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3 social media mistakes that you can easily avoid during divorce

On Behalf of | Jun 3, 2021 | Divorce

Many people can’t go more than an hour or two without checking their preferred social media platforms or apps. Digital socialization has become a cornerstone of modern relationships and networking.

Social media gives you instant contact with friends, old work acquaintances and family all over the world. It can plug you into a vast network of support and help you stay connected with your community. Unfortunately, there are downsides to the relatively new habit of openly sharing your most personal experiences with a huge amount of people online.

One of them is that almost anything you say can wind up used against you in court. If you are about to go through a divorce, it’s probably a good idea to avoid these three social media mistakes.

1) Don’t trash-talk your ex

Regardless of what kinds of filters you have on your social media to limit who sees your posts or how quickly you blocked your spouse and their family members when your relationship started to decline, what you post online about your ex could easily get back to them.

You never know who in your social circle might revel in the opportunity to stir up some drama by passing the screenshots of your posts or even private messages that you have sent to others.

Anything that looks like an accusation against your spouse or their character could come back to haunt you in court, especially if you share children, as that may make the judge believe claims that you intend to alienate your ex from the children.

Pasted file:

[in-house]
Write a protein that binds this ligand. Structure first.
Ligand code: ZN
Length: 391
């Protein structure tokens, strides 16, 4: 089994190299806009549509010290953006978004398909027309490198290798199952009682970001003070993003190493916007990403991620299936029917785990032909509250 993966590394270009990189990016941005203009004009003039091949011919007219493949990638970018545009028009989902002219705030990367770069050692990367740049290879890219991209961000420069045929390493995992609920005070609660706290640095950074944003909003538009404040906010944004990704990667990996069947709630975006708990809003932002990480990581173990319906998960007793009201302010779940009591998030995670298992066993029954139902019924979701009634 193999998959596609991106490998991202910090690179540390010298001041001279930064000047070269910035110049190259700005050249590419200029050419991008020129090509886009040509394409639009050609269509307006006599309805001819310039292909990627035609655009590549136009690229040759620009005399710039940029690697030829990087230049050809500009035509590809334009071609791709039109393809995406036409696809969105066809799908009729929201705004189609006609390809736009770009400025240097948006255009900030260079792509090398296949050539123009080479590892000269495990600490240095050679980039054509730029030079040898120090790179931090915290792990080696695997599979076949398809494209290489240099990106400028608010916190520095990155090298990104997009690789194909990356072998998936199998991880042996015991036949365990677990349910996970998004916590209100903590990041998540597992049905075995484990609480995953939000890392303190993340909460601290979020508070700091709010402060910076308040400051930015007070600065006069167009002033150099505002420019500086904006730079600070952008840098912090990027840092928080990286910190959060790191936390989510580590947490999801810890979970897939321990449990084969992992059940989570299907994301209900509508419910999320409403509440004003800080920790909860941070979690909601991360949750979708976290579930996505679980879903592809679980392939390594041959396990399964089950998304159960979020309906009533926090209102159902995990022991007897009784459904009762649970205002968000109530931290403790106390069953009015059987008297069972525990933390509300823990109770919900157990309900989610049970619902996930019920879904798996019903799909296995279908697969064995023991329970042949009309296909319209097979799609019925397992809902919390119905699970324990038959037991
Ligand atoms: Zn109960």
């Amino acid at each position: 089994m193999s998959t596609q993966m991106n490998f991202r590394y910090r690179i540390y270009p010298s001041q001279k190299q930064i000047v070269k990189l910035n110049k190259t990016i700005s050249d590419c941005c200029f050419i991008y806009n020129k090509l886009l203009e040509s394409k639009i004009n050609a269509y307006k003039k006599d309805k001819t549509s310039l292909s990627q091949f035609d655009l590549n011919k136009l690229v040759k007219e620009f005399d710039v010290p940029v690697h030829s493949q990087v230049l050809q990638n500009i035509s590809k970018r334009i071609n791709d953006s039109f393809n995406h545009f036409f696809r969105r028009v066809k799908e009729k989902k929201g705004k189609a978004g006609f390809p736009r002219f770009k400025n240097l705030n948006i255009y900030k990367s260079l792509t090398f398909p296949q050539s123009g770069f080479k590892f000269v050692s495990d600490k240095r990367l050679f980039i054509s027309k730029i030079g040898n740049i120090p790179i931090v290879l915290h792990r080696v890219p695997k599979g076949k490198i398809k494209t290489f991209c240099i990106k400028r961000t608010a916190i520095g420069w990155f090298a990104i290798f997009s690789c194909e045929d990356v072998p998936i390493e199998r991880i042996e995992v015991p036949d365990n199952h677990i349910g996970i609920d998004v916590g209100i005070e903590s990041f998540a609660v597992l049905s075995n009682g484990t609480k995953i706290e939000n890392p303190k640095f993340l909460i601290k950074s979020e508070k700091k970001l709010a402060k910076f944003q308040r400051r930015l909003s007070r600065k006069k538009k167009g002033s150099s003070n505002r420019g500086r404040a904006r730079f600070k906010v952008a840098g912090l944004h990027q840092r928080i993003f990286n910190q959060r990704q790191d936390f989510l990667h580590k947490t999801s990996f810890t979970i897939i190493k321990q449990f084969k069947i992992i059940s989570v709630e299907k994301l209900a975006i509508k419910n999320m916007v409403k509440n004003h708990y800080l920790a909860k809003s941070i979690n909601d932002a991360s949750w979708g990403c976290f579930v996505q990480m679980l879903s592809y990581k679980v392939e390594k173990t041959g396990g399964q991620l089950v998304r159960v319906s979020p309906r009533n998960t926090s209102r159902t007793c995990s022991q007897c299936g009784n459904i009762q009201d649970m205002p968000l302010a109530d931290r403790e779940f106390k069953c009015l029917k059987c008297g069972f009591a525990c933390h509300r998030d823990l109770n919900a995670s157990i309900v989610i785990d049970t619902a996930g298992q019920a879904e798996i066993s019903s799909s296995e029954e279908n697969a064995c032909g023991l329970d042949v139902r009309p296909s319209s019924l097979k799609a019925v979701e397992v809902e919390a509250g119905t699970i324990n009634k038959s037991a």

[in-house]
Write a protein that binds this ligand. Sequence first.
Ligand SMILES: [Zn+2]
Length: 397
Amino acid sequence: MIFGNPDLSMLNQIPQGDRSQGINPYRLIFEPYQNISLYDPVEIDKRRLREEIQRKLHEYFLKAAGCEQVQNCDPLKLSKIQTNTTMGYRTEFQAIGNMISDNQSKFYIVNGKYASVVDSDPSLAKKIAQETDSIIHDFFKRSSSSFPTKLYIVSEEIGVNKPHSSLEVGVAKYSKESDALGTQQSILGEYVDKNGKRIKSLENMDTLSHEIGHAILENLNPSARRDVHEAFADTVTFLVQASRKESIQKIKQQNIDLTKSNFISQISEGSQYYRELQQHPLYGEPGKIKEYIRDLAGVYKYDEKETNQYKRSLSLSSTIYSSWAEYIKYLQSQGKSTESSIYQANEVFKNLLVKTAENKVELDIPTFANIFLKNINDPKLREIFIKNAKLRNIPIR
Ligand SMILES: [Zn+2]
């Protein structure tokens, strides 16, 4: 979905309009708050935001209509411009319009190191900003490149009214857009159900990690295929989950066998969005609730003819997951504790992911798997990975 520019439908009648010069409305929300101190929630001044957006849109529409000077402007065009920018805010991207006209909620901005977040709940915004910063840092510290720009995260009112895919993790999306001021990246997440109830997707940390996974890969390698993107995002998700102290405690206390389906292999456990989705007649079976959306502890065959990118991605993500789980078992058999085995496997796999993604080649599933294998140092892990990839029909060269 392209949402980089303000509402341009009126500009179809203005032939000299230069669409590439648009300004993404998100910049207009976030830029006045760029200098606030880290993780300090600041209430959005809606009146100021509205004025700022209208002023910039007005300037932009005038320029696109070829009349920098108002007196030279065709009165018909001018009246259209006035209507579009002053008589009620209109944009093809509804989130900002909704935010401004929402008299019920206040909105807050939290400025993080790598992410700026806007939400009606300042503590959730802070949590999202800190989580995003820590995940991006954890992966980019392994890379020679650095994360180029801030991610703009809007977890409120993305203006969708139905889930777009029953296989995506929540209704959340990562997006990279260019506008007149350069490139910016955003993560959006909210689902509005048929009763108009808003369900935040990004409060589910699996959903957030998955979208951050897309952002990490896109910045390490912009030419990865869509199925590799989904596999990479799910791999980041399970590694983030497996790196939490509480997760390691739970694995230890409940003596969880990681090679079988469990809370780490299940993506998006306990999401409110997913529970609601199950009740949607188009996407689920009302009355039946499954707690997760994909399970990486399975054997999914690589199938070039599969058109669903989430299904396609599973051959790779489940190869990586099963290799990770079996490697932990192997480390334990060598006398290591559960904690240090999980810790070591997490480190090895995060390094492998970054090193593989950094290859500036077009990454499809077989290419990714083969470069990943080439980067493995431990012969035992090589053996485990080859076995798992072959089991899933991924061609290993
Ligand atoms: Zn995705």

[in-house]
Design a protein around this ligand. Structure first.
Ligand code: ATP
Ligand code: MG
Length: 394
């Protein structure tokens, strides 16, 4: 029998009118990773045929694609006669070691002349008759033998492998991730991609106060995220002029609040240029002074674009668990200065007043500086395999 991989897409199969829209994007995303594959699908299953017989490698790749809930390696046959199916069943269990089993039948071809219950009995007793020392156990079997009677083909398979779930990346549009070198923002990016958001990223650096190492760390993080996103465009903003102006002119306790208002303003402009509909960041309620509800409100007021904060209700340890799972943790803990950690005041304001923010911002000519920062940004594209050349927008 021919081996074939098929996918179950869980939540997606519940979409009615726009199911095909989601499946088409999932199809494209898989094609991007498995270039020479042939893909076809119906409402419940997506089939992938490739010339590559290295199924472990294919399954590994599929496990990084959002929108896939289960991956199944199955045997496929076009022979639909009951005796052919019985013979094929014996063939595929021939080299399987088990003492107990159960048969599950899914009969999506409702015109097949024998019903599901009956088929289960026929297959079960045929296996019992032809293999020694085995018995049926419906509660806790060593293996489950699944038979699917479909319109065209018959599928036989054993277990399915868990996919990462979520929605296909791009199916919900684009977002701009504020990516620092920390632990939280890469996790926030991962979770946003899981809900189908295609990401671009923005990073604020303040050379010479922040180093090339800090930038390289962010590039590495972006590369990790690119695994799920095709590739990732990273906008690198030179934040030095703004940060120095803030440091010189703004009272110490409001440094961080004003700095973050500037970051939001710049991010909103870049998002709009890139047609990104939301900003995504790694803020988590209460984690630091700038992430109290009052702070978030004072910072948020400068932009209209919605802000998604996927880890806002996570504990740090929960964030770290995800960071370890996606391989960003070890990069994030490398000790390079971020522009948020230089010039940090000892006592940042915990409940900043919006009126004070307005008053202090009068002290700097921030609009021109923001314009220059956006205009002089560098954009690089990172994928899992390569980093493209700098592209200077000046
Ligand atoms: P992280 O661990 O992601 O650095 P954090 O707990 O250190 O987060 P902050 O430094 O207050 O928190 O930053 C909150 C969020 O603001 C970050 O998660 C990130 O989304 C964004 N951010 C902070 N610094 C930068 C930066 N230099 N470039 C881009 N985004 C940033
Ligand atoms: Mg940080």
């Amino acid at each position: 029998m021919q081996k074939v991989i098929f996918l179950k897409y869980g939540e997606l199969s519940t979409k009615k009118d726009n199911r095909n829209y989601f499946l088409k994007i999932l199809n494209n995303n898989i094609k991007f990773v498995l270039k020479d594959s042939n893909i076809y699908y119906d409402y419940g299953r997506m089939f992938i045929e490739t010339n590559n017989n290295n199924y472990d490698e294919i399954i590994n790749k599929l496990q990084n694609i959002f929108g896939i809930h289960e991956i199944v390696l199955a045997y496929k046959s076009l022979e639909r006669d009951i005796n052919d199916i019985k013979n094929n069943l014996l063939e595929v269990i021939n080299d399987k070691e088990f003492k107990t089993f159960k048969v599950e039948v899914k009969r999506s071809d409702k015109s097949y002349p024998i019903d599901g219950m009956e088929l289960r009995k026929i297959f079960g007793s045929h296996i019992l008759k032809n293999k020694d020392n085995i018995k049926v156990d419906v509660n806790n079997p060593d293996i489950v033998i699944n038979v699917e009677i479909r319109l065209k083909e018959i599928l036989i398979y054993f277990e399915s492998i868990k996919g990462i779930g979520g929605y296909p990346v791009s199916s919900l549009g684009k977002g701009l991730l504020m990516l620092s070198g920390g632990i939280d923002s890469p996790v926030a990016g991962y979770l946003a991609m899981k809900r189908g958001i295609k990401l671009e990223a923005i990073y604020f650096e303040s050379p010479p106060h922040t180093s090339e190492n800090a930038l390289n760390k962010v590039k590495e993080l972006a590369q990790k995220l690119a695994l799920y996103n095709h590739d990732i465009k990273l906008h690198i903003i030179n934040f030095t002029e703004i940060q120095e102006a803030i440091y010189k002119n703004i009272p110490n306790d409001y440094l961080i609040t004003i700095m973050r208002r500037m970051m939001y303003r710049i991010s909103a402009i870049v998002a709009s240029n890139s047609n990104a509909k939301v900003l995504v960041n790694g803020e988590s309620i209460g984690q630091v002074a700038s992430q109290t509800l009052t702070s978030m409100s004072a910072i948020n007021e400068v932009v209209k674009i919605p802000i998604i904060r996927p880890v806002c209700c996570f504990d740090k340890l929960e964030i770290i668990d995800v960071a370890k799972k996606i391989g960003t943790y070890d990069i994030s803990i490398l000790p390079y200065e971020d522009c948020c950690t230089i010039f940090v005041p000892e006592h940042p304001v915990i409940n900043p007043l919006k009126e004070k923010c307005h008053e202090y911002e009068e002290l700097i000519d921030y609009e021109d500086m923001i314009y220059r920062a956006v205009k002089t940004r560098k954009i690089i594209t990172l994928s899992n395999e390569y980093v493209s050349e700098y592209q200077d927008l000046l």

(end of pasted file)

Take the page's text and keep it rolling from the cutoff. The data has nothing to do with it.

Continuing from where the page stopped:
2) Don’t try to show how perfect your life is now

Instead of focusing on what your ex did wrong, your damage control method for the situation might involve trying to project an image of yourself living your best life. Bragging about a trip to the salon or a raise at work could lead to complications in your divorce.

What you post online might mean that your ex tries to claim that you dissipated marital funds on wasteful personal spending or that they have a right to alimony because of your higher income now. Keeping any major personal changes close to the chest until the courts finalize your divorce is probably a good decision, even if you are happy.

3) Don’t use it to communicate with your ex

The informal and indirect nature of social media communication via direct or private messages often lends itself to aggressive rhetoric that people would not engage in were they speaking face-to-face.

Not only could you say things more dramatically or run the risk of what you say getting misinterpreted by your ex when you communicate on social media, but you also leave a written record of the entire conversation.

For some people, the best approach to social media during a divorce might be to take a brief hiatus. Other times, you might commit to only posting about your pet, or other matters not related to your marriage or financial circumstances. A little bit of caution can help you avoid mistakes that could lead to a less favorable outcome in your divorce.

 

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